Analysis of comparative politics through the prism of film, literature, and essays/articles. Among the themes covered are: Reason, Modernity, and Political Development; Revolution; Totalitarianism; The Glory of War; Women/Children and Poverty in the Developing World; Labor Relations; and Political Corruption.

An introduction to the evolution of Chinese film in its cultural, literary and historical context. It examines moderization, cultural conflict, war, revolution, and gender roles against a backdrop of Chinese history and politics.

An interdisciplinary study of language use, text analysis, and evaluation. The course will provide students with the ability to investigate and evaluate structural features of language and to identify the strategies used by different writers based on style and cultural backgrounds.

The role of language and culture in the formation of philosophical assumptions about gender differentiation in society.

Exploration of creative works by younger Africans whose primary socialization took place in Europe (Great Britain, France, Germany) and in the United States. Their contribution to African culture as well as to Western cultural life in the Western World.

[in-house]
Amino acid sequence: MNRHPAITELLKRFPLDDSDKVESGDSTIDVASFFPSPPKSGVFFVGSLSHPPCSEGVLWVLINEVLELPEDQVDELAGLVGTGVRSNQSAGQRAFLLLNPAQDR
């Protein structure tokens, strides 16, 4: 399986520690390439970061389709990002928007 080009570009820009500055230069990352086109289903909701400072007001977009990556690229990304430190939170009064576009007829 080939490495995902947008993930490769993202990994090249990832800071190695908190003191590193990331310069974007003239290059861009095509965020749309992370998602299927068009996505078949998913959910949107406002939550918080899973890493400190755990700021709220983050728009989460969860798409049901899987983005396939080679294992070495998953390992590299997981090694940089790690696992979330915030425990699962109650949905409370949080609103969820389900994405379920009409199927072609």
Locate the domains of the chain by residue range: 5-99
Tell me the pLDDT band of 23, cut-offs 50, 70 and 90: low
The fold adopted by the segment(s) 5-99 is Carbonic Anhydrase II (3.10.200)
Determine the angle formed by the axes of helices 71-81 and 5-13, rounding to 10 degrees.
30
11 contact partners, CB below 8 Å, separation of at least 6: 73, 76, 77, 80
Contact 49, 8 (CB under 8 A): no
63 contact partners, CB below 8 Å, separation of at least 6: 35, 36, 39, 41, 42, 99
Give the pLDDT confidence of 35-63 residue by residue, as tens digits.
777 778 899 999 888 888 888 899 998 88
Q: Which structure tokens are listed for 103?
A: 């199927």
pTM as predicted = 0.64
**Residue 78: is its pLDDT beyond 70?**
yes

African literature from its ancient oral traditions to the European colonial period based on works of African authors written in English and English translations of the African works.

African literature since the independence of the African people from European colonial rule.

Survey of modern African literatures in French and/or Portuguese language with focus on the novel.

Individual study, reading, or projects under the direction of a project director.

Individual study, reading, or projects under the guidance of a project director.

Individual research in the major field or in a closely related field under the guidance of a project director.

Literary and philosophical texts of various historical periods that trace changes in how human beings understand their non-human environment.

Literature of Western Europe (Italian, French, Spanish, Germanic, and English) 1450-1600, with emphasis on literary types and prevailing ideas.

The rise and development of Romanticism in the eighteenth and nineteenth centuries, with reading of selected literature and criticism.

Early Romanticism: 1750–1830, with readings of selected literature and criticism.

Middle to late romanticism: 1820 -1900, with readings of selected literature and criticism.

Lyric poetry from the mid-nineteenth century to the present.

Literary forms and issues in Europe ca. 1550-1700, with special attention to the intellectual background and the interrelationships between literature and other arts and sciences.



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Comparative Literature
131 Joseph E. Brown Hall
University of Georgia